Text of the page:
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The Cellular Prion Protein (PrPc) like Dr. Jekyll converts into PrPSc , a fatal conformational form, like Mr. Hyde, and is responsible for a variety of neurodegenrative disorders. Unlike the use of a potion, this molecular Jekyll and Hyde undergoes conformational change in low pH environment, such as in endosomes. While, there has been many studies done in the past of how this conformational change happens,  a recent paper has tried to list the structural and dynamic properties using Molecular Dynamics.

ResearchBlogging.orgTo list these properties,three structures were taken into consideration; one NMR structure (PDB id: 1QLX) and two X-ray structures (PDB id: 2W9E and 3HAK). Interestingly the 3HAK structure is from a SNP variant of human PrPc, where the Met129 is replaced by Val129. Furthermore, those who genetically have this variant are less susceptible to Prion diseases!

Structural alignment of 1QLX (blue), 2W9E (red), and 3HAK (orange) with Met129/Val129 shown as sticks.

Structural alignment of 1QLX (blue), 2W9E (red), and 3HAK (orange) with Met129/Val129 shown as sticks. Image made using PyMOL

Using an in-house MD package called in lucem molecular mechanicsilmm for short, Chen et al simulated the three structures under two different pH conditions (pH 5 and pH 7) and under two different temperatures (298K/25C and 310K/37C), totaling for about 3.6 microseconds of simulation. (For each structure under each condition the MD simulation was performed in triplicates.)

Analyzing the MD results they found that at 37C and low pH the C-terminal globular domain had significant destabilization effects.

  • The helix HA and its neighboring loop S1-HA for the SNP variant was higher compared to other two structures at 37C and low pH. It is interesting to note that the S1-HA loop becomes a strand during the prion’s conversion.
  • At low pH, another helix HB destabilizes, where the His187 becomes solvent exposed, leading to partial unfolding of the C-terminus.
  • Two residues, Phe198 and Met134, converting from being part of the hydrophobic core to being exposed to the solvent may be involved in partial unfolding and might possibly provide aggregation sites.
  • The X-loop in the Val129 SNP variant’s structure took a different conformation that was not populated by the other two structures.
  • Formation of new secondary structures of the N-terminus region to either alpha and beta strands is spontaneous. While, in all two structures both alpha and beta strands formation was seen, in the SNP variant alpha strands were rarely formed. (This N-terminus region is missing from the solved structures and hence was modeled and in each starting structure this region was unstructured.)

These results give more insights into the conversion of the benign form of human Prion to the infectious form.

References:

  1. Chen, W., van der Kamp, M., & Daggett, V. (2014). Structural and Dynamic Properties of the Human Prion Protein Biophysical Journal, 106 (5), 1152-1163 DOI: 10.1016/j.bpj.2013.12.053

I am sure this blog’s readers are aware of the PDB format. This format, created in the 1970s, is a standardized format for data derived from X-ray diffraction and NMR studies [1]. Until 2006, homology/theoretical models were also accepted for deposition, but not any more [2]. [See previous post on Protein Model Portal for submitting homology/theoretical models]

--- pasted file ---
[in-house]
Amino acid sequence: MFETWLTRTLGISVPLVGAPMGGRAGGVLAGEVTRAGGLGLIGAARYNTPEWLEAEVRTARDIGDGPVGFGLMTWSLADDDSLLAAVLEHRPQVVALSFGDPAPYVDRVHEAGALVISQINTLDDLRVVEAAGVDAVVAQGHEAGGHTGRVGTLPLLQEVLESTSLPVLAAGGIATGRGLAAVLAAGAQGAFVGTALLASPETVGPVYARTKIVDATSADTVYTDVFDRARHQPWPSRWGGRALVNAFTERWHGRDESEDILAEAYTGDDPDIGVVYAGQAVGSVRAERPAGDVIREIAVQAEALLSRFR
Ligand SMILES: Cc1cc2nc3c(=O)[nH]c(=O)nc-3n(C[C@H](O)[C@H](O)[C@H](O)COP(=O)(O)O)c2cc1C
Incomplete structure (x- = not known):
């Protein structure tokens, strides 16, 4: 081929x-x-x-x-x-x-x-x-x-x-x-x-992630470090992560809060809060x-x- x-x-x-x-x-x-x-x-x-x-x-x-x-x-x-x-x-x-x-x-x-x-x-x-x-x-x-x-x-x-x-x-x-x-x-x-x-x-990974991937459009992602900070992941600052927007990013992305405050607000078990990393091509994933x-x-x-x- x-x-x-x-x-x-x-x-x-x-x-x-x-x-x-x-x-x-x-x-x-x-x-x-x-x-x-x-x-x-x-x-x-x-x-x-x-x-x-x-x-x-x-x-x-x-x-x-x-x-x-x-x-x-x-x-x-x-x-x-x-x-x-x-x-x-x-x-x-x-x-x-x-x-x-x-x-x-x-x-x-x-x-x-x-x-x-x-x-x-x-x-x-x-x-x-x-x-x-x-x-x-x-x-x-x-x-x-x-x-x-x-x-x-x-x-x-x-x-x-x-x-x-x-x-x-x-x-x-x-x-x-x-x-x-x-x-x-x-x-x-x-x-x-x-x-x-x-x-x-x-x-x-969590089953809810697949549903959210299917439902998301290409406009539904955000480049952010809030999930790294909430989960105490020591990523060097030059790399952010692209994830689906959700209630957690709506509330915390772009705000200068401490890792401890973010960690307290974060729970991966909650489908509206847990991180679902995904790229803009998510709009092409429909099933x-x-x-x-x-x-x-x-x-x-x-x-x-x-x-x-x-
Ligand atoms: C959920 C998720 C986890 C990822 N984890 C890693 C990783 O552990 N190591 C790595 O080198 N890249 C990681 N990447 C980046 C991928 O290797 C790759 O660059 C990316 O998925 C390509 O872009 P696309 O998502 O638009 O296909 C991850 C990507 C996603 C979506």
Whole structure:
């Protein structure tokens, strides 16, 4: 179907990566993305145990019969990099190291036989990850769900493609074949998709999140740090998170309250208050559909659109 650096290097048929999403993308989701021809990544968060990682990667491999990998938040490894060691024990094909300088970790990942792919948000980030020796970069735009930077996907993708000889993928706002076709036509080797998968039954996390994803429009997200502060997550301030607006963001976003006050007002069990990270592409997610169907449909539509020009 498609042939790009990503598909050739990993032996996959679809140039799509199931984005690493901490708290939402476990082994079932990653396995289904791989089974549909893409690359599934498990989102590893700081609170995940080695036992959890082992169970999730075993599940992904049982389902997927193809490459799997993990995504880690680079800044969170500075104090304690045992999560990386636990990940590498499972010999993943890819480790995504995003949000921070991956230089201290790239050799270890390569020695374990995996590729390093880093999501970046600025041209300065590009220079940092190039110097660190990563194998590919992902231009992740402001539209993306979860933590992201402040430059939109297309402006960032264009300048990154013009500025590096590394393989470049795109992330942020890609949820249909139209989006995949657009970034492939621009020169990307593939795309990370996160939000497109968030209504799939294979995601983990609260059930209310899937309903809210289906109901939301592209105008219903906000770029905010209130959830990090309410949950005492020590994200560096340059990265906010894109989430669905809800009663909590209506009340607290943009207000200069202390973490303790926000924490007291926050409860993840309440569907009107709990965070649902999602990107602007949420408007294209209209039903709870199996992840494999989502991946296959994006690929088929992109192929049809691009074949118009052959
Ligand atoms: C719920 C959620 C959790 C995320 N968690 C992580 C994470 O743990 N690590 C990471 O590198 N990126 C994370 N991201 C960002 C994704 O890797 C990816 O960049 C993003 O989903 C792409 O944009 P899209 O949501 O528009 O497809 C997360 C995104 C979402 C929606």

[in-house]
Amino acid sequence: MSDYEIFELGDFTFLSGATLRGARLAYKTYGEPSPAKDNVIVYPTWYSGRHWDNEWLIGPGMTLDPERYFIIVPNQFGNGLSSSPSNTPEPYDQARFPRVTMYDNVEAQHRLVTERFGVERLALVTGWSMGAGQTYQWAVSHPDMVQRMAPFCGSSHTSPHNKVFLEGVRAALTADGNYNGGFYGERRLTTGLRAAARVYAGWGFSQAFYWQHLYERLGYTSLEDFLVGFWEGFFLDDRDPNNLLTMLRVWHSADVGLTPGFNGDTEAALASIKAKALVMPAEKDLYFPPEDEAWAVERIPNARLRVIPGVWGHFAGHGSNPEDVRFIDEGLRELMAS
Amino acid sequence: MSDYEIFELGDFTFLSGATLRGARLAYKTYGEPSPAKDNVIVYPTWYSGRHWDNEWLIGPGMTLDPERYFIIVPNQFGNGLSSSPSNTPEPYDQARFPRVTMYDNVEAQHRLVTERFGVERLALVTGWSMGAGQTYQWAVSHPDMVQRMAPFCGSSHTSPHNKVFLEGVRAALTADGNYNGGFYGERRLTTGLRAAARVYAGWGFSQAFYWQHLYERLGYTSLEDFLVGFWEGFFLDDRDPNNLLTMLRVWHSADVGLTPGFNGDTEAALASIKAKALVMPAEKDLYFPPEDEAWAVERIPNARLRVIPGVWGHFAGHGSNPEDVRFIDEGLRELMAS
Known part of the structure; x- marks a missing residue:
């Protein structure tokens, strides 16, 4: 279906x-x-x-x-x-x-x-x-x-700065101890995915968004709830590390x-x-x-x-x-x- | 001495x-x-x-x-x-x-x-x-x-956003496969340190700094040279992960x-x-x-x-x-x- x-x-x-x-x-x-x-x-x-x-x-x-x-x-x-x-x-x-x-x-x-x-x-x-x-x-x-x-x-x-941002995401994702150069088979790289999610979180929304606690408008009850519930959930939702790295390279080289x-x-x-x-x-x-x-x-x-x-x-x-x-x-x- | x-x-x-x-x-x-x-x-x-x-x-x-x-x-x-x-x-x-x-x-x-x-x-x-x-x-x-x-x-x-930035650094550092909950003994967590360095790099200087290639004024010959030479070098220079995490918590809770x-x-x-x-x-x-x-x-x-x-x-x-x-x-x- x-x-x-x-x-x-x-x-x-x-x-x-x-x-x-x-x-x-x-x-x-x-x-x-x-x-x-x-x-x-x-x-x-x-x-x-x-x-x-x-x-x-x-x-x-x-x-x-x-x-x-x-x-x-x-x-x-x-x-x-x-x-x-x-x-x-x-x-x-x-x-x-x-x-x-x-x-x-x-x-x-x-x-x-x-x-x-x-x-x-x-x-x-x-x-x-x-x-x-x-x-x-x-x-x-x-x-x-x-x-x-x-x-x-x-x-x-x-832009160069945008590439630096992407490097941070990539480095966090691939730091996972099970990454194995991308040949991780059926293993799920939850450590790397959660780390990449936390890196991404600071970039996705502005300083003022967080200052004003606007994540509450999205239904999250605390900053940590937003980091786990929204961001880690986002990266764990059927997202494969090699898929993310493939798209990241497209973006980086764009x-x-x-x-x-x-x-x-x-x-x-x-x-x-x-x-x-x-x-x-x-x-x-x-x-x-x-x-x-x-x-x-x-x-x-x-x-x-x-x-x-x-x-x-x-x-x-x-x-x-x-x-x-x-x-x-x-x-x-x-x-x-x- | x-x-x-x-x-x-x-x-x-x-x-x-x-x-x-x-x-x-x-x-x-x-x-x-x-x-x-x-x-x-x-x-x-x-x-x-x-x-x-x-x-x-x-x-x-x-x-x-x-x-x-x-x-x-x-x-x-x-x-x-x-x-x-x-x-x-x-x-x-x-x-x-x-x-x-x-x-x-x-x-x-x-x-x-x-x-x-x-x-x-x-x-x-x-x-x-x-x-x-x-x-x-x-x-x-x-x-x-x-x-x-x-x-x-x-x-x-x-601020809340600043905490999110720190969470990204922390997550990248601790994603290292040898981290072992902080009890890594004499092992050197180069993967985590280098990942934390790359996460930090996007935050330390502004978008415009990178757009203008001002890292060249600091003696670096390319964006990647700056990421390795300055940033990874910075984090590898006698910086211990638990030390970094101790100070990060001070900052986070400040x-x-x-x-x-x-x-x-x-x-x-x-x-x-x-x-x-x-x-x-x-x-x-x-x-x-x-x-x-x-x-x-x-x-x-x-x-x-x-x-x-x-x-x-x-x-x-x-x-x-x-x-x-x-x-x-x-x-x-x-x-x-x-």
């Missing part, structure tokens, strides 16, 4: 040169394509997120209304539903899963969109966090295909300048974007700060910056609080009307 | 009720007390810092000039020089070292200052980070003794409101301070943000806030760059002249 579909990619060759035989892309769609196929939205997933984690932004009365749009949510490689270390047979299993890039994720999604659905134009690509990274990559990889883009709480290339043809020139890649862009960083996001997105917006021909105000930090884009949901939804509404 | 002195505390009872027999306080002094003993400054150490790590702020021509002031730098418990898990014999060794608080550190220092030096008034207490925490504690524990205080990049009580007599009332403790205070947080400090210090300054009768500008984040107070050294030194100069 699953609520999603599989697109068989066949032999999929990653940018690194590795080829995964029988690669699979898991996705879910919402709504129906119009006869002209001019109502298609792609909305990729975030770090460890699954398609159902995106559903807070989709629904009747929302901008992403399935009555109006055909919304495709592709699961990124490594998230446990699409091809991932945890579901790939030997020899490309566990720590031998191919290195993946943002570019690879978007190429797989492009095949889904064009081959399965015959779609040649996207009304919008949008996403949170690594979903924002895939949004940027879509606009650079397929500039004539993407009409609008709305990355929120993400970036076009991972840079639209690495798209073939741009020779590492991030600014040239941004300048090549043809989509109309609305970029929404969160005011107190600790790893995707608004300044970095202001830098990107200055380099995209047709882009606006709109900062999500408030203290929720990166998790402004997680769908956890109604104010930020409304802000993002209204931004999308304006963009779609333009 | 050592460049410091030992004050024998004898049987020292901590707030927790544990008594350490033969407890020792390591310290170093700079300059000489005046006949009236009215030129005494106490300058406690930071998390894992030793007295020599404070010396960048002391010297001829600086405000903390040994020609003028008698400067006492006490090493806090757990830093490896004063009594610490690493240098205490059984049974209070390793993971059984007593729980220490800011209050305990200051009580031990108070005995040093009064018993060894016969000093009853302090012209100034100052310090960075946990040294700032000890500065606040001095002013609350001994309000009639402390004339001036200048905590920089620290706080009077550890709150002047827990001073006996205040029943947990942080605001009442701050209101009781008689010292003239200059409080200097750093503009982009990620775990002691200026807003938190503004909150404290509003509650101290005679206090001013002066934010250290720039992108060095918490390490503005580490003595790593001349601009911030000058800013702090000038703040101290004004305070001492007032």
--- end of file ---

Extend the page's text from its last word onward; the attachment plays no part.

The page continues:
ResearchBlogging.orgThe current limit of PDB format is that a coordinate file with more than 62 chains and 99,999 atoms cannot be uploaded as a single file and hence was split into three or four separate PDB depositions. To overcome this limitation, a new format has been on the works and recently the working group announced the new format recommendations. [3, 4]

Not that I warned you. The first FAQ [4] on this link says:

What should every PDB user know about PDBx/mmCIF?
The PDB file format will be phased out in 2016.
PDBx/mmCIF will become the standard PDB archive format in 2014.

What is this new format?
To illustrate the changes, the first image is the ATOM records in the current PDB format. And, the second image is the PDBx format of the same information.

format1The new PDBx format:
format2Did you observe any changes? Here is a comparative image below that has the ATOM records aligned one below the other.
compareThe first thing that caught my eye was the order of the columns the new format is using. Also, the extra decimal positions for occupancy and B-factor columns. Now, if you look at the second image, we saw some extra lines before the ATOM records. These are the list of things in the “atom_site” category. The new format has the following categories and under each category, there is a detailed description of what goes into it. For example, the ATOM records is what is called as the ATOM_SITE category. Under this, there is information describing atomic positions.

PDB to PDBx correspondences

This link describes what items in PDB correspond to the new PDBx format

The website (http://mmcif.wwpdb.org/) and the FAQ have tons of information. Check it out, and get familiar with the new format of PDB! You have two years to learn it. 🙂

References:

  1. http://www.rcsb.org/pdb/static.do?p=file_formats/pdb/index.html. Accessed: 2014-03-07. (Archived by WebCite® at http://www.webcitation.org/6NtpuqkvU)
  2. http://deposit.rcsb.org/depoinfo/depofaq.html. Accessed: 2014-03-07. (Archived by WebCite® at http://www.webcitation.org/6NtpzBByw)
  3. http://www.emdatabank.org/lrg_strct_dpstn.html. Accessed: 2014-03-07. (Archived by WebCite® at http://www.webcitation.org/6Ntq1KxKY)
  4. http://www.wwpdb.org/workshop/wgroup.html. Accessed: 2014-03-07. (Archived by WebCite® at http://www.webcitation.org/6Ntq3BY5u)
  5. http://mmcif.wwpdb.org/docs/faqs/pdbx-mmcif-faq-general.html. Accessed: 2014-03-07. (Archived by WebCite® at http://www.webcitation.org/6Ntq56e1O)